Last year was an eclectic one, as for the writers, but you can tell I like mysteries and thrillers…..I usually read in english if I can get the book I want (and luckily I have friends abroad who send me some) just to keep my english alive…..
Cold Shoulder by Lynda La Plante (**/5) – Lorraine Page is a down-on-her-luck ex-LAPD cop, recruited against her will to hunt for a serial killer. Cold Shoulder is the story of a young woman who has everything: a devoted husband, two beautiful daughters, and a successful career as a lieutenant with the Pasadena Homicide Squad. But when her partner is shot and dies in her arms, Lorraine’s life starts to unravel. The after-hours drinking that once was social becomes her refuge, and soon she’s not waiting until the end of her shift. From there it all comes undone with frightening speed: drunk, she kills an innocent boy while on duty, is fired from the force, is abandoned by her family, and ends up living on the street as a prostitute. Cold Shoulder is the dramatic, frighteningly explicit account of Lorraine Page’s fall and nightmarish recovery while caught between the danger of a serial killer on the loose and the manipulations of the old-boy police force that had ostracized her not so long before. The book reverberates with realism because it is based on a true story, one that has been meticulously researched and crafted by Lynda La Plante.
Possession by A.S. Byatt (***/5) – Winner of the Man Booker Prize and the literary sensation of the year, Possession is an exhilarating novel of wit and romance, at once an intellectual mystery and triumphant love story. The novel explores the postmodern concerns of similar novels, which are often categorized as historiographic metafiction, a genre that blends approaches from both historical fiction and metafiction. The novel follows two modern-day academics as they research the paper trail around the previously unknown love life between famous fictional poets, Randolph Henry Ash and Christabel LaMotte. Possession is set both in the present day and the Victorian era, pointing out the differences between the two time periods, and satirizing such things as modern academia and mating rituals. The structure of the novel incorporates many different styles, including fictional diary entries, letters and poetry, and uses these styles and other devices to explore the postmodern concerns of the authority of textual narratives. The title Possession highlights many of the major themes in the novel: questions of ownership and independence between lovers; the practice of collecting historically significant cultural artifacts; and the possession that biographers feel toward their subjects.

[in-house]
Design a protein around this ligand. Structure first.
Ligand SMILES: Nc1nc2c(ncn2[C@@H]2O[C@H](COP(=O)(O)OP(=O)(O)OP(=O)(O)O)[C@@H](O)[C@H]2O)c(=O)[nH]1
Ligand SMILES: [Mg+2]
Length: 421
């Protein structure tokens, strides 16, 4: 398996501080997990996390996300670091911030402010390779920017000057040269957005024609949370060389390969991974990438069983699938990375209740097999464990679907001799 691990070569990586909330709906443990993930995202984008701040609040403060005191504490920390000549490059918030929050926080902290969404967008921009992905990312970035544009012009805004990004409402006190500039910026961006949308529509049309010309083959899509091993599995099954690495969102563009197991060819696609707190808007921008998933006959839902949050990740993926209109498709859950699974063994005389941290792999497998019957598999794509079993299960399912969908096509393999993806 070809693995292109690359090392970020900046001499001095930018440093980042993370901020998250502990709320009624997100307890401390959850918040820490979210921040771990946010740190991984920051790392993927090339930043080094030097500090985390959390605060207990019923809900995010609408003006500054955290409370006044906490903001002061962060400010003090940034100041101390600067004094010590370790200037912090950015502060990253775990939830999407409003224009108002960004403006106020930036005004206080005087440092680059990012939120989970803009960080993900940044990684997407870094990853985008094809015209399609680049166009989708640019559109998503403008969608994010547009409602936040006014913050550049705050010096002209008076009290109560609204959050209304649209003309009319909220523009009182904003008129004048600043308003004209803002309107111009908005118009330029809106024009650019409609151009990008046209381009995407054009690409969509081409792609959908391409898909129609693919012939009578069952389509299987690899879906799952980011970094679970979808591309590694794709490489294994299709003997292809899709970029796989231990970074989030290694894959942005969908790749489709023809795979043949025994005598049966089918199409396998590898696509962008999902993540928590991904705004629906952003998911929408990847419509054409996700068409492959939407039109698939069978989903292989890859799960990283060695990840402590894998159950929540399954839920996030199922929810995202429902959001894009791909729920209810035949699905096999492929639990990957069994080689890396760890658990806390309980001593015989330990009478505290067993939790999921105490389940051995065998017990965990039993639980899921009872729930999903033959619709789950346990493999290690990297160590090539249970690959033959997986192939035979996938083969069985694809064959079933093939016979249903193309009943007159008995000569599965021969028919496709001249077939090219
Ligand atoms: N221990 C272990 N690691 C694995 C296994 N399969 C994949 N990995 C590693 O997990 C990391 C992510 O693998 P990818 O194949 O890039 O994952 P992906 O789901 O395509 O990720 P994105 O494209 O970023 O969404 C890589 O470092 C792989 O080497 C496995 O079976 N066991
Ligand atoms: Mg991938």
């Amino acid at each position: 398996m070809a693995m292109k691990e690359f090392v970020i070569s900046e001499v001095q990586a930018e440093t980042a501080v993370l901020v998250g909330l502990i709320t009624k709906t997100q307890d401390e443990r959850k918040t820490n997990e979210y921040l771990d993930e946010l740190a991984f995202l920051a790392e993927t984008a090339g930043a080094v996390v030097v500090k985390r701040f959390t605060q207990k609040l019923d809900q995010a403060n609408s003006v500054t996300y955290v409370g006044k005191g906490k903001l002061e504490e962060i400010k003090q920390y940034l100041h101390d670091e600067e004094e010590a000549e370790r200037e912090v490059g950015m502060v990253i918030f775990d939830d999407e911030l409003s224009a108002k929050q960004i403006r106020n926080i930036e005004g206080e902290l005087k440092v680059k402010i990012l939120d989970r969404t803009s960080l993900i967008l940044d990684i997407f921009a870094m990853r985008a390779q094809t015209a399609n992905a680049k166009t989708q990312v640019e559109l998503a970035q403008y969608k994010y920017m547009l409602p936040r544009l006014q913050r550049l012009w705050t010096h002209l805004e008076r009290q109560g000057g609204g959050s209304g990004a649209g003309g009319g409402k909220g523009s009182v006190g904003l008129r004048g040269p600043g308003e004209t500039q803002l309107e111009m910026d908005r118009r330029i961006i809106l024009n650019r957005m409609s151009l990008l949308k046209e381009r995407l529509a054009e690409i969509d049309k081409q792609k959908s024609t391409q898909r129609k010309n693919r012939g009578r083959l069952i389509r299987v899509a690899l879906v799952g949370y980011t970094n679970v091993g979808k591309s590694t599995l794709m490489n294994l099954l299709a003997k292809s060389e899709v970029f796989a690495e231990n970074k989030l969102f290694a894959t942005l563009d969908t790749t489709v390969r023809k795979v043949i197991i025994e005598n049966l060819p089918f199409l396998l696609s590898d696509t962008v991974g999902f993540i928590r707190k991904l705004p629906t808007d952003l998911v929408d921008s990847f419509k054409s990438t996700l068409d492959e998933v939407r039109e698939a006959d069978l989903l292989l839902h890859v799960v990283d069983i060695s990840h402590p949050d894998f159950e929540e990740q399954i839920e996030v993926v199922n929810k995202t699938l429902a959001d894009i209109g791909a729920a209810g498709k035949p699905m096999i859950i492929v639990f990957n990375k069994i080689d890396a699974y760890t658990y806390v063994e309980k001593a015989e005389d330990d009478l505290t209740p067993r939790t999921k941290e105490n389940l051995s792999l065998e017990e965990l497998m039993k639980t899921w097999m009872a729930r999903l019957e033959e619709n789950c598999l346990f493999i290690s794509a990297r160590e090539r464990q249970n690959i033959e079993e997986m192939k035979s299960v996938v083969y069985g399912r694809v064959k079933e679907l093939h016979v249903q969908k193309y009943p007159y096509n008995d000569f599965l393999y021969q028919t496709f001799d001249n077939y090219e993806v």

Edge Of Eternity by Ken Follett (*****/5) – #3 of the Century Trilogy. Throughout these books, Follett has followed the fortunes of five intertwined families – American, German, Russian, English, and Welsh – as they make their way through the twentieth century. Now they come to one of the most tumultuous eras of all, the enormous social, political, and economic turmoil of the 1960s through the 1980s, from civil rights, assassinations, mass political movements and Vietnam to the Berlin Wall, the Cuban Missile Crisis, presidential impeachment, revolution – and rock and roll.
A Supremely Bad Idea by Luke Dempsey (*/5) – In this uneven debut, Dempsey details his bird-watching misadventures as he and two friends quest after America’s rarest birds. The hapless trio try to defend osprey in Florida, pacify Texan smugglers, unwittingly set up a spotting scope in the middle of a busy road, lug around (and forget) a cooler of fancy cheeses on a trip through Arizona. Although amusing, the series of pratfalls blunt and obscure Dempsey’s more pointed observations on why birders are so passionate about the pursuit and the urgency bird watching takes on in the face of habitat destruction. When the author writes passionately about pine beetle damage in Colorado or permits readers access to a triumphant glimpse of a cerulean warbler, the episodes cease reading like vacation-slide narrative and approach an affecting honesty about life.
Traps by Paul Lindsay (**/5) – Justice has become a distant ideal for disenchanted FBI agent Jack Kincade. Once a bright light of the Bureau, he lives in a seedy motel with his loyal Border collie, his largely off-duty hours dominated by rotgut vodka spiked with hot sauce and an unusual sideline: robbing banks. Then he gets a call about a cold case that has just come back to haunt the Bureau in the worst time of his life.Justice has become a distant ideal for disenchanted FBI agent Jack Kincade. Once a bright light of the Bureau, he lives in a seedy motel with his loyal Border collie, his largely off-duty hours dominated by rotgut vodka spiked with hot sauce and an unusual sideline: robbing banks. Then he gets a call about a cold case that has just come back to haunt the Bureau in the worst possible way. FBI veteran Paul Lindsay’s fifth FBI thriller, “Traps,” portrays an agency wracked by apathy and infighting.